The fourth chapter refers to the meeting between Karna and Lord Indra where Karna makes the ultimate sacrifice which I have referred to in the beginning of my blog. The chapter brings out the principles that Karna has sworn by:
‘Bhuj ko chhod na mujhe sahara kisi aur sambal ka,
bada bharosa tha, lekin is kavach aur kundal ka!
Par, unse bhi aaj door sambandh kiye leta hoon,
Devraaj! Lijiye khushi se mahadaan deta hoon!’
(I need nothing besides my arms, though I did value my magical armour a lot; today I make this supreme sacrifice with pleasure and give you this magical armour)
The fifth chapter portrays the meeting between Karna and his birth mother Kunti, wherein she tells him of his true lineage and pleads with him to side with his brothers. Once again, Karna refuses to trade his friendship with Duryodhana for a kingdom and the love of his mother that he had always yearned for.
The sixth chapter describes Karna’s taking over the role of the commander after the death of Bheeshma and Dronacharya. Dinkar uses the following words to describe Karna’s valour on the battlefield:
‘Sagar sa garjit, kshubhit ghor, vikraal dandadhar sa kathor,
aridal par kupit Karna toota, dhanu par chadh mahamaran chhoota!
Aisi pahli hi aag chali, Pandav ki sena bhaag chali!’
(Roaring like the angry oceans Karna destroyed his enemy like death itself; his first volley of arrows itself was so deadly that the pandava army started to flee)
However, the best weapon that Karna possessed was wasted on Ghatotkach, the demon son of Bhima, due to an intrigue enacted by Krishna.
Ultimately, the seventh chapter describes the final battle between Karna and Arjun, which has been portrayed as the ultimate battle between two worthy people. So much so, that the armies of the two warring sides stop their battles to watch the big fight:
‘Is aur Karna martanda sadrish, us aur Parth antak samaan,
ran ke mis, mano, swayam pralaya, ho utha samar me moortimaan!
Jhoojna ek kshan chhod, swatah, sari sena vismay vimugdh,
Aplak hokar dekhne lagi do shitikanthon ka vikat yudh!’
(The battle between Karna and Arjun was like a death battle; the two armies were so awed by this lethal display that they stopped fighting and watched the two great soldiers instead)
This battle comes to an end with Arjun slaying Karna, deviously, on the advice of Krishna. With that, the world lost one of its finest men, an unparalleled epitome of bravery and character. While the Pandavas were rejoicing, Krishna stood serene and overwhelmed, moved by the death of mother Earth’s most deserving son.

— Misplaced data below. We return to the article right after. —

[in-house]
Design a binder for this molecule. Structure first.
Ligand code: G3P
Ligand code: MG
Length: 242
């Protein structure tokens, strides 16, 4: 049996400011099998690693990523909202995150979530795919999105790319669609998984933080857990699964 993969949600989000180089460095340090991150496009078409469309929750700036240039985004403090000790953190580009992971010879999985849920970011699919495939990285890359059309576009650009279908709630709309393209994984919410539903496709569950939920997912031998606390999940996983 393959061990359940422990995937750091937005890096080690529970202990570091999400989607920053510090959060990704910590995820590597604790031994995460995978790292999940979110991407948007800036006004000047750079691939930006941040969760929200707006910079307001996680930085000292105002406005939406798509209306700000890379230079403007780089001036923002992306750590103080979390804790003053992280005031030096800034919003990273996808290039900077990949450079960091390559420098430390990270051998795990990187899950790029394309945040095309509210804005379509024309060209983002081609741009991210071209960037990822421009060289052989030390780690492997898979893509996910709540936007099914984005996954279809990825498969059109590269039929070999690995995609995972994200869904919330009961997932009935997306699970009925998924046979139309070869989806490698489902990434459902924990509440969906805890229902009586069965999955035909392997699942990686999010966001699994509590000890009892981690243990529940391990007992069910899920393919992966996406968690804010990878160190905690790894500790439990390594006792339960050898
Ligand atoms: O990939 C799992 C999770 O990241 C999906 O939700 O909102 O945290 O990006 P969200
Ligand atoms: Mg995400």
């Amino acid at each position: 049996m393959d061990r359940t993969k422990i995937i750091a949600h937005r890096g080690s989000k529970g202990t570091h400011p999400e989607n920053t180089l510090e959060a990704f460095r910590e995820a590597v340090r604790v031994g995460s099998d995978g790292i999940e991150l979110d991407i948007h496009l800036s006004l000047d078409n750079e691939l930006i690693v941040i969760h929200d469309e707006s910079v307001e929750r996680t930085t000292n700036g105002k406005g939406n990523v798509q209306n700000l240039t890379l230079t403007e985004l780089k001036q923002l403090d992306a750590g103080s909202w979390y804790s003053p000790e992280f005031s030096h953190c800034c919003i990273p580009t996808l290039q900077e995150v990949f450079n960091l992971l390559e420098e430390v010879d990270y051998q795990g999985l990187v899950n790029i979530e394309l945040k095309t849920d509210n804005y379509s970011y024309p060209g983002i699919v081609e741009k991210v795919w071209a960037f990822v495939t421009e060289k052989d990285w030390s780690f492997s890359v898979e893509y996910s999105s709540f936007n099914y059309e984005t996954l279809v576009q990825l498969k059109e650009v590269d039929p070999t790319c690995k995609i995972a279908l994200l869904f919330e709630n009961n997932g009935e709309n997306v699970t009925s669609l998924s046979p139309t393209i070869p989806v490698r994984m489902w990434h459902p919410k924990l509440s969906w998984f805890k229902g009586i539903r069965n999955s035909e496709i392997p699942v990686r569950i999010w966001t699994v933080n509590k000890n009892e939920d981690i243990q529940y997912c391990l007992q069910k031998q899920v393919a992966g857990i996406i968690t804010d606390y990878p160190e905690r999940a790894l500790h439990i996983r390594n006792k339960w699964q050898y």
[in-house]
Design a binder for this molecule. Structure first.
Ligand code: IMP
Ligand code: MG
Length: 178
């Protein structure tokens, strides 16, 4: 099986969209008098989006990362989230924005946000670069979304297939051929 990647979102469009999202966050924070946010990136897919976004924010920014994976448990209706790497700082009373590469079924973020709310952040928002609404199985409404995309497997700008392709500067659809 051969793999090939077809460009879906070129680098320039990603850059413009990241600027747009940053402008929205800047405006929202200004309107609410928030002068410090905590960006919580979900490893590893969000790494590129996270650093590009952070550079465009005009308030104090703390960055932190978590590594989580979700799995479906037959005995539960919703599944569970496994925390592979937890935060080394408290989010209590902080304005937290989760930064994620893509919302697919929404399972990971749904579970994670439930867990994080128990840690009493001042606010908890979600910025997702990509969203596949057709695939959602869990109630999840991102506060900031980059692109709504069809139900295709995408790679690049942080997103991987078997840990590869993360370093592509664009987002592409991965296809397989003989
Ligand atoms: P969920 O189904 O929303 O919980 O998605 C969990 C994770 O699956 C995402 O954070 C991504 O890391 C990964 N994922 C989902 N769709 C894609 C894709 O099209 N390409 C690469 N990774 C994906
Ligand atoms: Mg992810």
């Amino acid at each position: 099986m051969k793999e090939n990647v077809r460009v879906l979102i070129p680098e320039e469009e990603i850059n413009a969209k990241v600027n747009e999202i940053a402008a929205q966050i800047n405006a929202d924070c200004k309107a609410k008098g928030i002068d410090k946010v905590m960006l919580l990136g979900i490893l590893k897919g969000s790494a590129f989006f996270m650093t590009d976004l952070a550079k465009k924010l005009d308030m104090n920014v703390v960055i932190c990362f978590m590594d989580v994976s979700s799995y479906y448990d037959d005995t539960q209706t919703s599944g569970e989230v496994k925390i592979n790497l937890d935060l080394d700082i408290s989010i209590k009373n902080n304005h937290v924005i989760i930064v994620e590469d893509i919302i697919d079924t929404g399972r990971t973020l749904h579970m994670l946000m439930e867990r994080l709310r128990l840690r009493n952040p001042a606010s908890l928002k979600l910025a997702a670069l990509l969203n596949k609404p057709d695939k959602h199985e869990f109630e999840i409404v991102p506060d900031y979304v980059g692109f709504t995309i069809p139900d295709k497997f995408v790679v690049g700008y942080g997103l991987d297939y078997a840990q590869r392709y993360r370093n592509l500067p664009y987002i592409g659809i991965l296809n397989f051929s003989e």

Dinkar concludes with moving words spouting from Krishna’s heart:
‘Samajh kar Drona man me bhakti bhariye,
pitamah ki tarah samman kariye!
Manujta ka naya neta utha hai!
Jagat se jyoti ka jeta utha hai!’
(Revere him (Karna) like Dronacharya and Bheeshma; a symbol of humanity has died leaving darkness and a void behind him)
The book succeeds in portraying the intrigue that Karna’s mind plays in its constant upholding of the values of friendship and loyalty. To my mind, Karna and Arjun are two sides of the same coin. Karna represents the illegitimate avatar of Arjun.
Be it bravery or skill, Karna was Arjun‘s equal, if not better than him. However, all his life he lived under the shadowy slurs of his lowly birth, which made him feel small amidst the royal Kshatriya clan. It was this perceived illegitimacy that Karna fought with his valued principles of friendship and righteousness.
Although, destiny always sided with his opponents, Karna refused to go astray in his path of truth. Even Yudhishthira erred on his path of truth, but not Karna. He epitomises truth, honesty, righteousness and benevolence in measures one can only dream of.
Ashamed of his low birth, Karna, is a self-learner. Watching the great gurus of India, Karna, toils day and night to achieve the skills, which surpass those of everyone around him. He is determined to erase the slur of his low birth with his unparalleled bravery and his quest is brought under a rude censure by the royals. It is then that Duryodhan comes forth and appreciating Karna’s bravery, making him forever indebted by gifting him a kingdom and his friendship. And it is this sense of gratitude that Karna pays ultimately with his life.
The moral high ground that Karna adopts is exemplified throughout the epic and he stands out as the only person with an untainted character through this complex intrigue of thought and action.
With the Sun God as the insignia of his chariot flag (and hence the name Rashmirathi), Karna is the symbol of Dharma itself!
Dinkar‘s rich verse perfectly complements the richness of Karna‘s character. In my years of literary pursuits, I am yet to come across such powerful work.